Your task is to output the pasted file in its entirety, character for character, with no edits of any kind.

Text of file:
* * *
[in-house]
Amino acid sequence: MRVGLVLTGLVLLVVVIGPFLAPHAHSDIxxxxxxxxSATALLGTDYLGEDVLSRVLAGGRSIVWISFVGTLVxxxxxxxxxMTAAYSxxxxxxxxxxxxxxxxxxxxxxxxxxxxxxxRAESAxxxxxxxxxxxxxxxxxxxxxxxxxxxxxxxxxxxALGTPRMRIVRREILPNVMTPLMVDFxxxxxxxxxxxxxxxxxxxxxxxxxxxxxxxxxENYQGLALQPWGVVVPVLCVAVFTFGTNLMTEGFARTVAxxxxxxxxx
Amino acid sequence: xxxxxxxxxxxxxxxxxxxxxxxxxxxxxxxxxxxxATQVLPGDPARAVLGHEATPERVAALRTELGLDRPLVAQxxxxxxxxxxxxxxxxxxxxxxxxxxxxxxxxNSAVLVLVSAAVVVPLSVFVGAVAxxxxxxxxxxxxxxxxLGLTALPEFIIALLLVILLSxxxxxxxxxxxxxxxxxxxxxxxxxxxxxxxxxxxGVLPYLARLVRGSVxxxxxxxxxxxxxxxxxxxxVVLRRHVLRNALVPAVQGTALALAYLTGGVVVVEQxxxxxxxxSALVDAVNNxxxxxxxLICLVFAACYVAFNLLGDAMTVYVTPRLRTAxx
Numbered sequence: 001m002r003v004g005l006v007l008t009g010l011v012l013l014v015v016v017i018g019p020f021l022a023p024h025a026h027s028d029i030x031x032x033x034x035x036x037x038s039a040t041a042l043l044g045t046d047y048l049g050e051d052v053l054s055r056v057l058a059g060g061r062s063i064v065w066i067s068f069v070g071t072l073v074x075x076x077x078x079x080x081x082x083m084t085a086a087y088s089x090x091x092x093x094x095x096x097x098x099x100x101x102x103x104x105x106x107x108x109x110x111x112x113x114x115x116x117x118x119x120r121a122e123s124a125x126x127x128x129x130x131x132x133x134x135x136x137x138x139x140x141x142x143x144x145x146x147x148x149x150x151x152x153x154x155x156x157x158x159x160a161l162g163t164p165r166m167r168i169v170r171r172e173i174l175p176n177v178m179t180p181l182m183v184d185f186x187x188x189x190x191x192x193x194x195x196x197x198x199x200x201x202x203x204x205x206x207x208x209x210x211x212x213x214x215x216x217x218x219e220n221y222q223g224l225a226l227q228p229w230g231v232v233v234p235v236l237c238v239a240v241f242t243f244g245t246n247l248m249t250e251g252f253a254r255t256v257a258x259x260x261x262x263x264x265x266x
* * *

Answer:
[in-house]
Amino acid sequence: MRVGLVLTGLVLLVVVIGPFLAPHAHSDIxxxxxxxxSATALLGTDYLGEDVLSRVLAGGRSIVWISFVGTLVxxxxxxxxxMTAAYSxxxxxxxxxxxxxxxxxxxxxxxxxxxxxxxRAESAxxxxxxxxxxxxxxxxxxxxxxxxxxxxxxxxxxxALGTPRMRIVRREILPNVMTPLMVDFxxxxxxxxxxxxxxxxxxxxxxxxxxxxxxxxxENYQGLALQPWGVVVPVLCVAVFTFGTNLMTEGFARTVAxxxxxxxxx
Amino acid sequence: xxxxxxxxxxxxxxxxxxxxxxxxxxxxxxxxxxxxATQVLPGDPARAVLGHEATPERVAALRTELGLDRPLVAQxxxxxxxxxxxxxxxxxxxxxxxxxxxxxxxxNSAVLVLVSAAVVVPLSVFVGAVAxxxxxxxxxxxxxxxxLGLTALPEFIIALLLVILLSxxxxxxxxxxxxxxxxxxxxxxxxxxxxxxxxxxxGVLPYLARLVRGSVxxxxxxxxxxxxxxxxxxxxVVLRRHVLRNALVPAVQGTALALAYLTGGVVVVEQxxxxxxxxSALVDAVNNxxxxxxxLICLVFAACYVAFNLLGDAMTVYVTPRLRTAxx
Numbered sequence: 001m002r003v004g005l006v007l008t009g010l011v012l013l014v015v016v017i018g019p020f021l022a023p024h025a026h027s028d029i030x031x032x033x034x035x036x037x038s039a040t041a042l043l044g045t046d047y048l049g050e051d052v053l054s055r056v057l058a059g060g061r062s063i064v065w066i067s068f069v070g071t072l073v074x075x076x077x078x079x080x081x082x083m084t085a086a087y088s089x090x091x092x093x094x095x096x097x098x099x100x101x102x103x104x105x106x107x108x109x110x111x112x113x114x115x116x117x118x119x120r121a122e123s124a125x126x127x128x129x130x131x132x133x134x135x136x137x138x139x140x141x142x143x144x145x146x147x148x149x150x151x152x153x154x155x156x157x158x159x160a161l162g163t164p165r166m167r168i169v170r171r172e173i174l175p176n177v178m179t180p181l182m183v184d185f186x187x188x189x190x191x192x193x194x195x196x197x198x199x200x201x202x203x204x205x206x207x208x209x210x211x212x213x214x215x216x217x218x219e220n221y222q223g224l225a226l227q228p229w230g231v232v233v234p235v236l237c238v239a240v241f242t243f244g245t246n247l248m249t250e251g252f253a254r255t256v257a258x259x260x261x262x263x264x265x266x